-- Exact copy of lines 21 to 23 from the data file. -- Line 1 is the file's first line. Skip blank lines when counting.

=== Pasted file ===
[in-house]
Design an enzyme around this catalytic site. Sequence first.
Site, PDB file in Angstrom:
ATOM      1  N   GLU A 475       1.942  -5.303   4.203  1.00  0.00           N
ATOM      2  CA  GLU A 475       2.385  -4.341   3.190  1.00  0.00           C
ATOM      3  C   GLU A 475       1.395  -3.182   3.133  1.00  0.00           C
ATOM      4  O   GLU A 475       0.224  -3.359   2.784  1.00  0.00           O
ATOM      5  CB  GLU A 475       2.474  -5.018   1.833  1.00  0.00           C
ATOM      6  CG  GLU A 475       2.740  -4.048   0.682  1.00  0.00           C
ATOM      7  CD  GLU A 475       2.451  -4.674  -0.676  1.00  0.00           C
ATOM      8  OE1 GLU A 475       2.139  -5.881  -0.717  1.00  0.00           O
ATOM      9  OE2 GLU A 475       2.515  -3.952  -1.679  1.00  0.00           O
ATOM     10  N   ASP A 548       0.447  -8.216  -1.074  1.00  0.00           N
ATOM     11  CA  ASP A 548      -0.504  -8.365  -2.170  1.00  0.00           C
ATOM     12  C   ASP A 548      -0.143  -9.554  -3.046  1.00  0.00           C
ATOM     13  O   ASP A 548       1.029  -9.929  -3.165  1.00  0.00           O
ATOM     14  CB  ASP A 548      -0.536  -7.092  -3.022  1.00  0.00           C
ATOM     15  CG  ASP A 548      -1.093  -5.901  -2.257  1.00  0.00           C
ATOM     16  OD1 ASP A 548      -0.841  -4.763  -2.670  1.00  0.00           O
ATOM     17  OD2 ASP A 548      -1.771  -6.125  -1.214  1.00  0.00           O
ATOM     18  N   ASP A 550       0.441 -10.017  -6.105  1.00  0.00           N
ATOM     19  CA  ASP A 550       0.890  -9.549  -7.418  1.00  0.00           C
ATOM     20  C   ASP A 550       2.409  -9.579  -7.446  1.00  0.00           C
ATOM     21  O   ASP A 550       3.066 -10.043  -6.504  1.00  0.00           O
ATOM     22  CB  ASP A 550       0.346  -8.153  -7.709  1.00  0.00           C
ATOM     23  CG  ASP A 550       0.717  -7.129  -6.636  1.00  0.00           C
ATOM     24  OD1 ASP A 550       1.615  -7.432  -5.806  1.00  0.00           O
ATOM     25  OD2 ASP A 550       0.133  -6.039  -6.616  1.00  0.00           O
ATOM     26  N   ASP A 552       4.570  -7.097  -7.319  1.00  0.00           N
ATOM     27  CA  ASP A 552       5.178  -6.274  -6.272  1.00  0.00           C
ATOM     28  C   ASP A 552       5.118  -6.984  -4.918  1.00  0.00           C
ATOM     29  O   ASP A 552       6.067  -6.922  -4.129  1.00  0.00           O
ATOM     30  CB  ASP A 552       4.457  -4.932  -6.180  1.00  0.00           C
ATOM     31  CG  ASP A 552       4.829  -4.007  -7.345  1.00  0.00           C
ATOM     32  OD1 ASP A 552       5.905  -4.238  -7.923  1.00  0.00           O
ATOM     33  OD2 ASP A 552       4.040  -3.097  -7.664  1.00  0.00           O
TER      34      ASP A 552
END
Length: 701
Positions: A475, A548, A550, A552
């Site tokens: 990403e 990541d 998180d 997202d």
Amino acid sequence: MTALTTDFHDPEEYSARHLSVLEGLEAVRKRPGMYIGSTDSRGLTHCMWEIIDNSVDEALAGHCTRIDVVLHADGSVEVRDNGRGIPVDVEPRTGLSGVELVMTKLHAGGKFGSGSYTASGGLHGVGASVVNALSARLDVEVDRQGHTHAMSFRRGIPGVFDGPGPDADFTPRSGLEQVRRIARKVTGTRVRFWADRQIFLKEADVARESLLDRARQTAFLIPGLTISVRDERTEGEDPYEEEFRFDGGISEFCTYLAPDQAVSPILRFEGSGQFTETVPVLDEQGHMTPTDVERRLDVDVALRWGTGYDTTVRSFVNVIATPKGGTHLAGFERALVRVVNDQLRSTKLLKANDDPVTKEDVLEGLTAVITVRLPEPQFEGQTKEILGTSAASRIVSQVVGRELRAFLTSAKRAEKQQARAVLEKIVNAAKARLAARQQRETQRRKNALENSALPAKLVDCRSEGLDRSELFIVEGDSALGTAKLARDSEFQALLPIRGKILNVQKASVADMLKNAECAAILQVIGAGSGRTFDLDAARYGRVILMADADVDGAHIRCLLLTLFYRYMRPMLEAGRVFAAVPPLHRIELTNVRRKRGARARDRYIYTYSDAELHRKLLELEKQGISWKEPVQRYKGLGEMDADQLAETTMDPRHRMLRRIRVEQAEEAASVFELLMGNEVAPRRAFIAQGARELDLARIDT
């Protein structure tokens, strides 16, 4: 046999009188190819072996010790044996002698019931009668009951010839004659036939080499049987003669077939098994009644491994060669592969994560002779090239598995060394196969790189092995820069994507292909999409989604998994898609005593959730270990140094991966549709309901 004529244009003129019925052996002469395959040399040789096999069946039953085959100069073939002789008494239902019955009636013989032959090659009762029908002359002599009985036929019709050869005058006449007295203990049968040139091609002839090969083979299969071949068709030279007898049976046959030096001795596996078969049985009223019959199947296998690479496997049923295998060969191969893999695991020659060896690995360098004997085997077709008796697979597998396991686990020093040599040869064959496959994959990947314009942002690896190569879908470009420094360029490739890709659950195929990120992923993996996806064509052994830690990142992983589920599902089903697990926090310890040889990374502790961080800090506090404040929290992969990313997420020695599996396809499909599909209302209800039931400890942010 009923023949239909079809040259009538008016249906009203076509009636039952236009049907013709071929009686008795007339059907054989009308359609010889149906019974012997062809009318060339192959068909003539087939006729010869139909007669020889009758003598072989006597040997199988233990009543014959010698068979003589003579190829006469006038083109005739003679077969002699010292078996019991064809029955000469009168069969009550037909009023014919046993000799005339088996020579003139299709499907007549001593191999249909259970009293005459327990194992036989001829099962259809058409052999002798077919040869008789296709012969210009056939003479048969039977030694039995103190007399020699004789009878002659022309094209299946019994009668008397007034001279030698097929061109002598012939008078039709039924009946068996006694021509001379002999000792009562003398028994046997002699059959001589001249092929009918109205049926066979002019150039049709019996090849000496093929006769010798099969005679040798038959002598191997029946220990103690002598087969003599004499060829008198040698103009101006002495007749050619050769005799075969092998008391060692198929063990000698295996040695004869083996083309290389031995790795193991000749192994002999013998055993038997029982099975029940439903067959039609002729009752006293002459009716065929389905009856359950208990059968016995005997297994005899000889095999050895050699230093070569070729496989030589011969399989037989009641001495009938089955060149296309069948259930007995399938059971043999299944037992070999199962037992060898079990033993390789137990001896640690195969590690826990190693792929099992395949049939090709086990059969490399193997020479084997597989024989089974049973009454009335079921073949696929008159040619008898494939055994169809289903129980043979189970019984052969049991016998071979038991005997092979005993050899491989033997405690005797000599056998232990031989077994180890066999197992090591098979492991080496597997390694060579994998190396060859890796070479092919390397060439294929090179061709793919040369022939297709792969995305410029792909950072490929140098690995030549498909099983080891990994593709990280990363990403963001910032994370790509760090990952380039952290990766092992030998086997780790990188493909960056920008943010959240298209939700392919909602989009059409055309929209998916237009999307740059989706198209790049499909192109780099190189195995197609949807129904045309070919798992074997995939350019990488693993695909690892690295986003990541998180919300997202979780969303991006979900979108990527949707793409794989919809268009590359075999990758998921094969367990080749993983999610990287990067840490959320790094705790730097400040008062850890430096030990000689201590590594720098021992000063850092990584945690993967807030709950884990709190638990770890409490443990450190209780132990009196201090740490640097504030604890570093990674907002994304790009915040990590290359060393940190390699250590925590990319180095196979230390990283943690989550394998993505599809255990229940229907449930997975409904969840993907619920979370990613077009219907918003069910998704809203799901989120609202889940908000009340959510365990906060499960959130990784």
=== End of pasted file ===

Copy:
ATOM     18  N   ASP A 550       0.441 -10.017  -6.105  1.00  0.00           N
ATOM     19  CA  ASP A 550       0.890  -9.549  -7.418  1.00  0.00           C
ATOM     20  C   ASP A 550       2.409  -9.579  -7.446  1.00  0.00           C